On day one, I was optimistic. Based on another Wall suggestion, I broke the push-ups, sit-ups and squat into sets. If that sounds like cheating, Saitama never said they had to be continuous — and even so, I probably couldn’t do 100 push-ups in a row without breaking my fragile runner’s arm. . During my peak as a graduate athlete, I ran 80 to 90 miles per week, so 10K runs expected to be pretty easy for me to handle.

That confidence lasted for the first few days — perhaps because I was vacation and had time to do it. I wake up, run, do half of it all strength exercisesenjoy my day, then do the final sets in the evening before bed.

challenge a man to punch

Trevor Raab

On the fifth day, the pain began to appear. My shoulders and chest are lifted from push-ups and squats range of motion Compact. I started to take longer and longer break between sets. I found myself in the situation mentioned earlier, doing push-ups while going for a drink. I became engrossed in my work, diligently focusing on getting the right amount of work done each day, regardless of whether that meant sitting up during breaks while watching TV or making excuses for attending events. social gathering to squat in the back room.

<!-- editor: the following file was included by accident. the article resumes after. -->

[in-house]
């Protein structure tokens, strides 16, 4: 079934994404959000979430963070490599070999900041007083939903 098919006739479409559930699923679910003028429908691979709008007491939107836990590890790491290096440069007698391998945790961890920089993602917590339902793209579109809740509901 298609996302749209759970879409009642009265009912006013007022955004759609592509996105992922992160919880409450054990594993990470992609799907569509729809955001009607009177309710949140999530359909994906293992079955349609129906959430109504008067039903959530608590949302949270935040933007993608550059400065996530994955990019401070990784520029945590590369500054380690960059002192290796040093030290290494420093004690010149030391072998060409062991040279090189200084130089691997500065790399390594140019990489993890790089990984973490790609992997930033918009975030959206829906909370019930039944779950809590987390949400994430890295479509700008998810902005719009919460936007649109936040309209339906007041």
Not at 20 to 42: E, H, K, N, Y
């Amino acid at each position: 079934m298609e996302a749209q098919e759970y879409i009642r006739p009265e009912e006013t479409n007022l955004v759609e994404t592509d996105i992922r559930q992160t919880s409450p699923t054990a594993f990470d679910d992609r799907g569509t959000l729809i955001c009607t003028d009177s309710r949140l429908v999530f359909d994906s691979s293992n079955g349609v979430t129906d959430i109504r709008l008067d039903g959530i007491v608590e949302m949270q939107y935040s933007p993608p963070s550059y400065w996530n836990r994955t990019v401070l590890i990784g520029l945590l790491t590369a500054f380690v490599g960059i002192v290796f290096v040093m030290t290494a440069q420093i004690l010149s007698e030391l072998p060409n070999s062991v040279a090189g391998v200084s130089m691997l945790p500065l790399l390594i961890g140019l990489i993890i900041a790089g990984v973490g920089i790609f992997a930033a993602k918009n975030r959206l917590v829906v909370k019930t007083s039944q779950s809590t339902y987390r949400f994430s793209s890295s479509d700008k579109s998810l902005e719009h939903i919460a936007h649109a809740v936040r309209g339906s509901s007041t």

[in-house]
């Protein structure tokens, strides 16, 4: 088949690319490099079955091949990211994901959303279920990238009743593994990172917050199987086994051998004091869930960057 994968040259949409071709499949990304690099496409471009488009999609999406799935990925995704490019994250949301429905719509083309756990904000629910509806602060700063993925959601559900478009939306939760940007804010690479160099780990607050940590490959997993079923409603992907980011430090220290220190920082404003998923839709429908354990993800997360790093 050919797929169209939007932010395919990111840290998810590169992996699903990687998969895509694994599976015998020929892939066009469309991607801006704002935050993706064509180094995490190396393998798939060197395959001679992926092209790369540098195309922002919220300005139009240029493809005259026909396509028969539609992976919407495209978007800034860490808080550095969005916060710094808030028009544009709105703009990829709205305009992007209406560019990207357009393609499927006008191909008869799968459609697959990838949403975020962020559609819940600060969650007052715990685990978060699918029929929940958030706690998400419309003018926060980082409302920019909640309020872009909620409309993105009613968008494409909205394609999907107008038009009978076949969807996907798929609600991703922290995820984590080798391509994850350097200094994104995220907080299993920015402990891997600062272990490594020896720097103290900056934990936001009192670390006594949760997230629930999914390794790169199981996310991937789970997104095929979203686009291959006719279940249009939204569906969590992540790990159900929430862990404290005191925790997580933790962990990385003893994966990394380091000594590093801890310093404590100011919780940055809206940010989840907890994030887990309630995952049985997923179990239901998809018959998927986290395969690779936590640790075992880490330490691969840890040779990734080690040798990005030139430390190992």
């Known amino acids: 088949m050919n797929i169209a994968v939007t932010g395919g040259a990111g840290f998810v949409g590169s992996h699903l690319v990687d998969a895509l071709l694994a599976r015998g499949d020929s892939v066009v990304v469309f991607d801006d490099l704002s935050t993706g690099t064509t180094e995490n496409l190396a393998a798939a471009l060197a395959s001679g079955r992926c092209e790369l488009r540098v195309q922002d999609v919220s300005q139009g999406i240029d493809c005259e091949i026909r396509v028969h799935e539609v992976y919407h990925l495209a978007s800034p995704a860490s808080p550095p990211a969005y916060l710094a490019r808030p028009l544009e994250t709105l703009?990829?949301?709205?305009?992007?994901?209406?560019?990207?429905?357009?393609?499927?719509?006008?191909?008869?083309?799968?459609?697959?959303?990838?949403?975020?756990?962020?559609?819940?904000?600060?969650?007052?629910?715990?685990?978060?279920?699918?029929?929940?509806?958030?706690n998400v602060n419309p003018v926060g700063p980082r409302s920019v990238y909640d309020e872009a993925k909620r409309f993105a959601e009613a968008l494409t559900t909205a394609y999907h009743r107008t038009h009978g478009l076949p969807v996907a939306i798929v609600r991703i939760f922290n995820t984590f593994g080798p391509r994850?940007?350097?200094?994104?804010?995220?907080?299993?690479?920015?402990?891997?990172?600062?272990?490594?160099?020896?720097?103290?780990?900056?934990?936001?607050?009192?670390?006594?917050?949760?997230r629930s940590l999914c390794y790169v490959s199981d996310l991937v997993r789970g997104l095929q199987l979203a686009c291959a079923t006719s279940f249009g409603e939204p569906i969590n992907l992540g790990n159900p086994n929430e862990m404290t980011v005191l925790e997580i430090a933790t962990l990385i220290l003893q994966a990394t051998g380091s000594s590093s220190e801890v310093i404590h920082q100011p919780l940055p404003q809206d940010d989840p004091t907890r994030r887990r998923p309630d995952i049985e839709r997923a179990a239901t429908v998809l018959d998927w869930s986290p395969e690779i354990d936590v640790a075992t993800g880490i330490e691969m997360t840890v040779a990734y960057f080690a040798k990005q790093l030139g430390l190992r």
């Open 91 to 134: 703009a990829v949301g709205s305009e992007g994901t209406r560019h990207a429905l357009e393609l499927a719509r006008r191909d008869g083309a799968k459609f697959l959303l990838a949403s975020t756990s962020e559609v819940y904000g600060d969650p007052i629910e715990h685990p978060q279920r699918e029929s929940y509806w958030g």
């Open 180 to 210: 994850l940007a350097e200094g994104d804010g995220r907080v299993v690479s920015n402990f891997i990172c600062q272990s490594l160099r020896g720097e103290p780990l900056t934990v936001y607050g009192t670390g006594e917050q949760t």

By day 11, I pushed my optimism aside and boredly followed the bland routines. Mine abdominal muscles, armand butt was inflamed, mine running becomes slower and slower, and my mental strength disintegrated. I don’t get it early anymore – with vacation in the background and work ahead, I’ve been postponing my assignments. At 9 or 10 p.m. every night, I try to work out slowly, tirelessly. I no longer care form or profit. I just want it to end so I can do something else or hang out tennis or basketball with my friends without worrying that the next soreness will make my push-ups, sit-ups, and squats harder.

But I only have three days left. So I put my full focus, set after set during the day, run after workand prayed that I would recover enough that it wouldn’t smoke the next day.